|For Immediate Release
September 8, 1999
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Banning and the burning of books in the United States is often a subject of history and documentaries, but in certain libraries and classrooms across the nation, this experience of censorship is only too real.
Indiana University Northwest Library will promote Banned Books Week with displays and educational presentations from September 27 through October 1. Free People Read Freely is the focus for the national event sponsored by the American Booksellers Association, American Booksellers Foundation for Free Expression, American Library Association, American Society if Journalists and Authors, Association of American Publishers and the National Association of College Stores.
Two brown bag lunch lectures concerning censorship are scheduled on campus in the Library Conference Center from 11 am to 12:30 p.m. The first, Censorship: A History, will be presented by history professor Ron Cohen on Monday, Sept. 27. On Thursday, Sept. 30, university library director, Robert Moran will speak on Internet Filtering.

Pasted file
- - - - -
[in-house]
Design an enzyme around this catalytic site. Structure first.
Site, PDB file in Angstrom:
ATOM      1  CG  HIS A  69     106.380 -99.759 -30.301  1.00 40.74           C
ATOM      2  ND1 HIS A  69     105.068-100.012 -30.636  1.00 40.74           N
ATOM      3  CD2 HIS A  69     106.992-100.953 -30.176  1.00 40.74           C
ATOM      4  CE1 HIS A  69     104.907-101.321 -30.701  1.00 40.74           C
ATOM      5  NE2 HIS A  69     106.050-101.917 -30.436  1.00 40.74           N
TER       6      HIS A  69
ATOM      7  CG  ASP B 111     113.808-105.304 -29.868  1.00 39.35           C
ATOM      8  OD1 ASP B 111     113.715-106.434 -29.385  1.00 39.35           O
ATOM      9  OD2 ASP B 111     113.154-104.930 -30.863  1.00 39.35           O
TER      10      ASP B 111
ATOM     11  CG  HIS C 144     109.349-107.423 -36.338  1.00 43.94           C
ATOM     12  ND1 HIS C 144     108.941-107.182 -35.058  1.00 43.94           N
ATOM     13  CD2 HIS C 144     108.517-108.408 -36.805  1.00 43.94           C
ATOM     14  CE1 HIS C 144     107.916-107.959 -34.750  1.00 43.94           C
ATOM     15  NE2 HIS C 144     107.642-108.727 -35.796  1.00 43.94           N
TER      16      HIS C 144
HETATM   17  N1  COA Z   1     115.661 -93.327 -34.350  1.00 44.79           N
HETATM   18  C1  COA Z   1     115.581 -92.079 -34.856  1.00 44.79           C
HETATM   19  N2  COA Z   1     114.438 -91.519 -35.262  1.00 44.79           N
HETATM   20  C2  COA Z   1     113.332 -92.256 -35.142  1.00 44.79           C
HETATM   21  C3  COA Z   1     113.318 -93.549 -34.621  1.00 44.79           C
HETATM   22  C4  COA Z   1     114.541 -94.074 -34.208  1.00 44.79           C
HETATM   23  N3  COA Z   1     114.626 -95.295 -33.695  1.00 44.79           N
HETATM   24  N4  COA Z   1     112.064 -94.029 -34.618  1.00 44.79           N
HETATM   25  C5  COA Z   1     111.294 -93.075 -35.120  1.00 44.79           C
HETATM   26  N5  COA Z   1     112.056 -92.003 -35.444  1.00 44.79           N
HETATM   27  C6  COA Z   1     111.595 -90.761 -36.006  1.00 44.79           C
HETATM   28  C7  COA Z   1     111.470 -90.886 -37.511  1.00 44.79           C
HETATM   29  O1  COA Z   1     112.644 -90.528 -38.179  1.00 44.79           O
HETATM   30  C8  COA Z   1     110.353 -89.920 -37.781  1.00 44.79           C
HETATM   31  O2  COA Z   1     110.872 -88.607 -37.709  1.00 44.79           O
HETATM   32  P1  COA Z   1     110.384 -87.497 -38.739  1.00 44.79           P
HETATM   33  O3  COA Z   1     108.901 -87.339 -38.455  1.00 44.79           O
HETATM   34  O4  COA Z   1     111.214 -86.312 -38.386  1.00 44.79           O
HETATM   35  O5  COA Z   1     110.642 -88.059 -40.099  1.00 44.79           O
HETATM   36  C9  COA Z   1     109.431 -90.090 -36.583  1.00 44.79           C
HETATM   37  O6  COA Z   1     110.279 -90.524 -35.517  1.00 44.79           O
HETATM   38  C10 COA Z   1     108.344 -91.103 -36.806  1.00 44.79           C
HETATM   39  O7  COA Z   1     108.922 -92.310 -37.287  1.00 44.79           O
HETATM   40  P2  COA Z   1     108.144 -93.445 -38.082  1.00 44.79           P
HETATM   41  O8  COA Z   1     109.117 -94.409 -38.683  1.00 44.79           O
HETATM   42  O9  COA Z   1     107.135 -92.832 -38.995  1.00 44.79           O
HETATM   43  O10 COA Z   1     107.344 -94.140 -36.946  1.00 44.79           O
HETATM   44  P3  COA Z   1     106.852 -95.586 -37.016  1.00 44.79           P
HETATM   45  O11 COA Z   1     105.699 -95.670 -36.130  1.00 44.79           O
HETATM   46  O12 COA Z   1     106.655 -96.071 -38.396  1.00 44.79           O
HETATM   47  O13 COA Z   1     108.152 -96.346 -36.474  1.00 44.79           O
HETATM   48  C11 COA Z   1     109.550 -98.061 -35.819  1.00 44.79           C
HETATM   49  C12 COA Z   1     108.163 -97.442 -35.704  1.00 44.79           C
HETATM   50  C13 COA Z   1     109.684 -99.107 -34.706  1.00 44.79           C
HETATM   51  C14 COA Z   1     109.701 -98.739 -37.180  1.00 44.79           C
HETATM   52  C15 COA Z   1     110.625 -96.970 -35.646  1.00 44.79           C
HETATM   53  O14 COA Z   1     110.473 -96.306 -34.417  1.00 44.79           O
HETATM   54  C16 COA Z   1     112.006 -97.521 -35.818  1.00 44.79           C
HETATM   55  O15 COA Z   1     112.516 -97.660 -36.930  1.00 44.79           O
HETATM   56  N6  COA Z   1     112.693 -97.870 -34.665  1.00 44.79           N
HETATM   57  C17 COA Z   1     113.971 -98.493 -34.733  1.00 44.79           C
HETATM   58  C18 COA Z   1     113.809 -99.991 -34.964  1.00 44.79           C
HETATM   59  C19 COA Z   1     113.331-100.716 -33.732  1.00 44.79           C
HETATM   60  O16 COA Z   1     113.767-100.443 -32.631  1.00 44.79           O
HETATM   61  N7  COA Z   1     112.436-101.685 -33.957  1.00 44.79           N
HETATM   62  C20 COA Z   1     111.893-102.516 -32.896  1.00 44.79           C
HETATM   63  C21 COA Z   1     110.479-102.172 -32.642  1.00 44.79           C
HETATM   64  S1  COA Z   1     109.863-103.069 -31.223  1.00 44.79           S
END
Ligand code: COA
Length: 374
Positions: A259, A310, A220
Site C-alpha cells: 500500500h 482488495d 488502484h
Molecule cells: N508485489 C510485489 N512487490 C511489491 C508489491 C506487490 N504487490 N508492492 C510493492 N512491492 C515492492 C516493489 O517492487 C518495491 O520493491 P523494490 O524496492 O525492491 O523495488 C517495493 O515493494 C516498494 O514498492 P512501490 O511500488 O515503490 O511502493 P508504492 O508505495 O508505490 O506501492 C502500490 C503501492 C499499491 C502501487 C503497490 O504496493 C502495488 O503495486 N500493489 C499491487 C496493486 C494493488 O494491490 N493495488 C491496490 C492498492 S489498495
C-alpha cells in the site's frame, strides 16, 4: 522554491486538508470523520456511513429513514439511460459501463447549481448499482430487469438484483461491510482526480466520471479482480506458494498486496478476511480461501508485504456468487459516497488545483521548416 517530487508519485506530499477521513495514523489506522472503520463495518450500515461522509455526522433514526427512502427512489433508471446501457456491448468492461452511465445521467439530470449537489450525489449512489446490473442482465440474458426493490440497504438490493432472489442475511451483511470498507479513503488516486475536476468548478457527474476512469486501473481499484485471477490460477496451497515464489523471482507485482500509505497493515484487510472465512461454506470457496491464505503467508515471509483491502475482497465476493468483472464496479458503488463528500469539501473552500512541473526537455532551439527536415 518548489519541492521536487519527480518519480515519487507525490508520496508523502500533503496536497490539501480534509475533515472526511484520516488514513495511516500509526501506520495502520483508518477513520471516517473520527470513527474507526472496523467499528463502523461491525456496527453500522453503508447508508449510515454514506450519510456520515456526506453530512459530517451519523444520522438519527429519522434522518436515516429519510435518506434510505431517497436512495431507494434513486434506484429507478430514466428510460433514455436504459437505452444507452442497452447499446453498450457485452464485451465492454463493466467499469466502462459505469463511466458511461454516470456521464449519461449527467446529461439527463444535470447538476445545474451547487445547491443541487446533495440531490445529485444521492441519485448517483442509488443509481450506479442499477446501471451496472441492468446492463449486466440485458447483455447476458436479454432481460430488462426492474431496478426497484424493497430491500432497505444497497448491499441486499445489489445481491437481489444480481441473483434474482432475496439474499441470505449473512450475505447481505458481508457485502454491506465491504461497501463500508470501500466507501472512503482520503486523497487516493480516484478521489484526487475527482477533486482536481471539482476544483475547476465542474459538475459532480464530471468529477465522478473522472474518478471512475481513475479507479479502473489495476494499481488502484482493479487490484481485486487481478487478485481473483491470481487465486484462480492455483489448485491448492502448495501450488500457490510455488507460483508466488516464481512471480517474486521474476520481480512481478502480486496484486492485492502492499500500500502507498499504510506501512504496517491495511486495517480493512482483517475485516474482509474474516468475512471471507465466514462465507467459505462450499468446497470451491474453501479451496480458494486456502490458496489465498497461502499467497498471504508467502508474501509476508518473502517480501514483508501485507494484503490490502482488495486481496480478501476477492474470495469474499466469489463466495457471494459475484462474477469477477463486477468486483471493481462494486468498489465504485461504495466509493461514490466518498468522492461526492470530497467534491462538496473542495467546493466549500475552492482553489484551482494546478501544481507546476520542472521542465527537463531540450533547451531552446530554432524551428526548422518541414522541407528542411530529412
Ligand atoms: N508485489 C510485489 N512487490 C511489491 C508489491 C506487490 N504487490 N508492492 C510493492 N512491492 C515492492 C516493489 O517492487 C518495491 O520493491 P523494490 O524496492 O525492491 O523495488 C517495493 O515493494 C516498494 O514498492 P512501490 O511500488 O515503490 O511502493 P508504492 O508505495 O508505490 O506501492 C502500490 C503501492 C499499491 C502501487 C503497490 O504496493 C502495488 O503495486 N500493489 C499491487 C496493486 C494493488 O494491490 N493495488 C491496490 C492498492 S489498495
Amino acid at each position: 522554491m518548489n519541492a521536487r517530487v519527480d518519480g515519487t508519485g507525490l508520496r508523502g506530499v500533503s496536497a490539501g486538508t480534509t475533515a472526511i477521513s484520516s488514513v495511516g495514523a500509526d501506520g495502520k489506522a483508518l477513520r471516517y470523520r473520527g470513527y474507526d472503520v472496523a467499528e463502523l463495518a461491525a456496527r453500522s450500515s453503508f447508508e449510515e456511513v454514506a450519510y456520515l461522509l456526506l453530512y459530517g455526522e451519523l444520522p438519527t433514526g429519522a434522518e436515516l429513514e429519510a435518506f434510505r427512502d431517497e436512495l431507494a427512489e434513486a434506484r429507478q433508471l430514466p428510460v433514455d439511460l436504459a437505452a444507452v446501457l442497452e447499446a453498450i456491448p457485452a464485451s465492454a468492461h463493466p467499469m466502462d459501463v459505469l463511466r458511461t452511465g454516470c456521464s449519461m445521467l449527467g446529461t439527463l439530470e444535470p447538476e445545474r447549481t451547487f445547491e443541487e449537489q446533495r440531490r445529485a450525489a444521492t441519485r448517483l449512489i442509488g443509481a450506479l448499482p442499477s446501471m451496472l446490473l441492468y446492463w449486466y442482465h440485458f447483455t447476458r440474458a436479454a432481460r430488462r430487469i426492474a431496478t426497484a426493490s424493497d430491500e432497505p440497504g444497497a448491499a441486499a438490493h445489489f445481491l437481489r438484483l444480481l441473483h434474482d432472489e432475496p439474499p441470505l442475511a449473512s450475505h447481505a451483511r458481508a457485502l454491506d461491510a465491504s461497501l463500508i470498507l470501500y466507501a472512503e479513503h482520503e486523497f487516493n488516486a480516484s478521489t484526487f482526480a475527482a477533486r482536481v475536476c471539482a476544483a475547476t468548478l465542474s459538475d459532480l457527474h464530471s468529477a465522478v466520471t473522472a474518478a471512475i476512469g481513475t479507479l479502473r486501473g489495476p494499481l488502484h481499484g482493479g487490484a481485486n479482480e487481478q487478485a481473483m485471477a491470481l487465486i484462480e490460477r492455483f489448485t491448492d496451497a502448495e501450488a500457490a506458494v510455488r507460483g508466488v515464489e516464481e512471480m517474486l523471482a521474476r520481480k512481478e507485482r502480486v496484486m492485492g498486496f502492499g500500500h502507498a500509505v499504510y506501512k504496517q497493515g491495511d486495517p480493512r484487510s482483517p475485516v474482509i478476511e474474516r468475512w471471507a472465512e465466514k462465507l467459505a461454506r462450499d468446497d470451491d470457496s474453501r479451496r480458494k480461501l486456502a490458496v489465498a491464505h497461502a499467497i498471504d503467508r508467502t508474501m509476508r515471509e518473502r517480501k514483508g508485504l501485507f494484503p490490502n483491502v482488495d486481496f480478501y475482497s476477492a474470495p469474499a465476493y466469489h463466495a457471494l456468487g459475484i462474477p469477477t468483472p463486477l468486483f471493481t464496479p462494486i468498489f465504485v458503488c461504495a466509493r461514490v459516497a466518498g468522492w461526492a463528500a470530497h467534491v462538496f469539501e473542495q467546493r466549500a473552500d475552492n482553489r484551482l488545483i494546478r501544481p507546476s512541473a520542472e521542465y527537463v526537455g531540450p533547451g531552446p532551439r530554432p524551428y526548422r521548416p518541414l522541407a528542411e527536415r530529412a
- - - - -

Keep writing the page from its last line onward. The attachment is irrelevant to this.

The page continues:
During the week, some of the books that have been banned and/or burned nationally, as well as locally will be displayed. Books that have been challenged, banned or burned include The Stepford Wives, Growing Up Female in America, Death of a Salesman, Go Ask Alice, Slaughter House 5, Catch 22 and The Bell Jar. Books most frequently challenged in 1998 include - The Chocolate War by Robert Cormier, Of Mice and Men by John Steinback, Goosebump Series and Free Street Series by R.L. Stine, I Know Why A Caged Bird Sings by Maya Angelou, The Giver by Lois Lowry, Always Running by Luis Rodriguez, Crazy Lady by Jane Leslie Conly and Blubber by Judy Blume.
The IU Northwest library lectures and displays are open to the community and free of charge. For more information, contact university library professor Ellen Bosman at 219-980-6947 or Lynn Scott at 219-980-6608.